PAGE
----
COVID-19 Op-ed

COVID-19 Cast its imprints on India from Southeast Asia

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Syed Ali Mujtaba ‘
Journalist based in Chennai
syedalimujtaba2007@gmail.com

A 49-year-old man from Thailand who had travelled to India on a religious tour died at the Coimbatore Medical College Hospital in Tamil Nadu on 17 March  2020. He tested negative for COVID-19 and his cause of death was renal failure and septicemia.

However inquiries about him revealed he had traveled from Thailand in a group of seven people and when two days later others were identified to be part of his group, two among them tested positive for Covid-19.

This chance encounter with the Thailand national at the Coimbatore airport in Tamil Nadu has now triggered a nationwide search for the Southeast Asian nationals who had come to India to attend Islamic religious congregation held at in New Delhi from 13-15 March.

After the event  many attendee went back to their native places, some traveled inside India for religious preaching and still many stayed back in the dormitory of the building after 15 March, when Prime Minister Narendra Modi announced a three-week nationwide lockdown, 24 March.

Among the 3000 people who attended the Delhi congregation at least 10 attendees who had tested positive have died due to the Covid -19 infections.

Indian Home Ministry in a press release said, ‘as many as 2100 foreigners visited India for Tablighi activities since January 1, 2020.  While as on 2 March, approximately 824 of them were dispersed in different parts of the country, 216 of them were staying in the building in New Delhi.

The foreign nationals mostly belonged from several Southeast Asian countries particularly; Indonesia, Malaysia, Thailand and Myanmar besides other countries and had come to India for Tabligh activities.

Among the foreign nationals there were 50 cases that were tested COVID-19 positive, 16 cases among them belonged to nationals from Indonesia, Malaysia and Thailand.

Tablighi Jamaat is an Islamic evangelical organization that has presence in several parts of India and countries in South Asia and South-East Asia.

In the southern state of Tamil Nadu an official said there were a total 167 foreign nationals who came to state for this purpose from New Delhi, at a press briefing in Chennai.

“Seventy-eight of the 167 foreign nationals has gone back to their respective countries. Eighty-nine are still in Tamil Nadu and have been quarantined,” the official added.

Among them 14 Indonesia Islamic preachers were found to be tested positive in in Salem district as on 25 March, the official said.

In related development in the nearby Telengana state, seven Indonesians were tested positive for Coivd- 19 in Kurnool district as on March16.

In Jharkhand, the eastern state of India a young Malaysian woman tested positive on March 30. The Malaysian woman was among the 24 persons, 18 foreign nationals and six Indian citizens, found staying in a mosque in the state capital Ranchi.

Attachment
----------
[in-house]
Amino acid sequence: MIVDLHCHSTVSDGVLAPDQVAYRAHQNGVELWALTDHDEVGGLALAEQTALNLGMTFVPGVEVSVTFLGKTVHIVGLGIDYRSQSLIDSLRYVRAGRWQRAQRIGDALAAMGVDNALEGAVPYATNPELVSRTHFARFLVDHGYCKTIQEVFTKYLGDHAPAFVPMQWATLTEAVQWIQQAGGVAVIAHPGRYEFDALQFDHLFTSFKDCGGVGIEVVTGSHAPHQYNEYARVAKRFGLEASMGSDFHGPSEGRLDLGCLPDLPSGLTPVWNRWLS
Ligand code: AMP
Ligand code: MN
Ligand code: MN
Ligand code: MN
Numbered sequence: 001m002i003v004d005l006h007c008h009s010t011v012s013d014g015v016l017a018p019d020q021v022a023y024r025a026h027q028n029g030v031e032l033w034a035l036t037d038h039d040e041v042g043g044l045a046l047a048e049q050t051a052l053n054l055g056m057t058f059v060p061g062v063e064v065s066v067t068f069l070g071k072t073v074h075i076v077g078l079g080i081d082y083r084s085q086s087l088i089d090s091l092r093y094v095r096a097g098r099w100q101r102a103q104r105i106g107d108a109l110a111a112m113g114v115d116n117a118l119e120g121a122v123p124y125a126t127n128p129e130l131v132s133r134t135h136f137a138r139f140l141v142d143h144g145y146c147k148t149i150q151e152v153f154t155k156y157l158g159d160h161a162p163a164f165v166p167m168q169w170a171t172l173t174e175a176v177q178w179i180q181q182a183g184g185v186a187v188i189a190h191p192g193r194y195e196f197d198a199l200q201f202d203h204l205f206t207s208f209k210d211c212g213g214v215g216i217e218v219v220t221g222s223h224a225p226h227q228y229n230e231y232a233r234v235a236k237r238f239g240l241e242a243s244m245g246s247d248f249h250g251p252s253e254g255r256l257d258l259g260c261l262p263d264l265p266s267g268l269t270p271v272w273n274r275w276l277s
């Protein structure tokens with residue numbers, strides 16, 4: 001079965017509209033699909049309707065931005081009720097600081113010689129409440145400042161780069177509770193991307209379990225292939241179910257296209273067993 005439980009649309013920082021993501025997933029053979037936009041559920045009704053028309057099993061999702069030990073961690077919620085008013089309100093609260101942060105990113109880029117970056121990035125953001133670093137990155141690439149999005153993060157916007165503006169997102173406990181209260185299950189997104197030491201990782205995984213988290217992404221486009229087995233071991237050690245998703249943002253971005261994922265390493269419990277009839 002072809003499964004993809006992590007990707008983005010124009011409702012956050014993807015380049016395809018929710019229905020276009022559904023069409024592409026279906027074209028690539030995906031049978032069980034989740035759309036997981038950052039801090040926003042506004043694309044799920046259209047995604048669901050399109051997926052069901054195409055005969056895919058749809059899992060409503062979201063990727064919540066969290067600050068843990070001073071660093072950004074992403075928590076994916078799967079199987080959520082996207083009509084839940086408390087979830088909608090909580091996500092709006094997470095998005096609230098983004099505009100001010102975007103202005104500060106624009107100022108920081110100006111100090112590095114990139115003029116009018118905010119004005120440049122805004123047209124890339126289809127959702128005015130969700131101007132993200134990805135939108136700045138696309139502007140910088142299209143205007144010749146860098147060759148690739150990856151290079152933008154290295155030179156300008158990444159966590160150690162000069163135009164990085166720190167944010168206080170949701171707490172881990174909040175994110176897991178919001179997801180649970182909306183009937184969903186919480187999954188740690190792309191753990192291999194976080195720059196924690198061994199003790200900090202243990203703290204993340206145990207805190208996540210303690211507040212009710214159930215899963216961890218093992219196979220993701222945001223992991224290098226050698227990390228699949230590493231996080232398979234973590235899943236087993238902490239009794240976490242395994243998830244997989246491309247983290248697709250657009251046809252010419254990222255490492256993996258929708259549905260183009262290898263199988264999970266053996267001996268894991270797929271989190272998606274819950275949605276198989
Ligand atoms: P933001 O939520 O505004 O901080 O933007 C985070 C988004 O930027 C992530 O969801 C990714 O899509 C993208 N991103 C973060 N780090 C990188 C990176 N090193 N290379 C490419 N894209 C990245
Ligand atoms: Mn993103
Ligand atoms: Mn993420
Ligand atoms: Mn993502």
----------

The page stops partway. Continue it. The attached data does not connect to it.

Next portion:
According to news reports appearing from Southeast Asian countries authorities in Indonesia and Malaysia are investigating to determine how many of their citizens may have been infected as part of a new of COVID-19 cluster emerging from the Muslim congregation event held in New Delhi.

Indonesians and Malaysians reportedly were among the majority of the foreign nationals those attending the event held in the Tablighi Jamaat Markaz at Nizamudin in New Delhi.

It is reported that Indonesian Foreign Minister Retno Marsudi, at a press conference in Jakarta had said, “There were 731 Tablighi members from Indonesia who had gone to India but I am unaware of their status who had attended the New Delhi event. “

Similar report from Malaysia says its Health Director-General Noor Hisham Abdullah had said that he was investigating about his countrymen who had attended the gathering in India. “We are trying to get more information from our counterpart in India,” he told reporters in Putrajaya.

In India there is a big debate going on with the blame game going on in a circle between government and the organizers. Both are accusing each other for negligence and irresponsible behavior towards this human catastrophe.

The organizers say that it was the responsibility of the government to screen the foreign national at the airport before sending them to the conference. Secondly, even after their repeated information, the government had not heeded to their predicaments.

The government on the other hand blames the organizers for negligent and irresponsible behavior in not stopping their activities when the Covid monster loomed large and risking a large number people towards fatalities.

It appears both the government and the organizers have valid points to score some brownie points, the fact remains that it is because of the foreign nationals’ presence and a huge gathering being assembled that a cluster Covid-19 positive cases has emerged from one place.

In sum there are two basic lessons learnt from this controversy. One, at the outset the foreigner’s participants could have been screened for health reasons before being allowed to participate in the conference. Second, seeing the gravity of the situation the organizers should have cancelled the conference and may have refrained from such event that put such a larger of people to fatal health risks.


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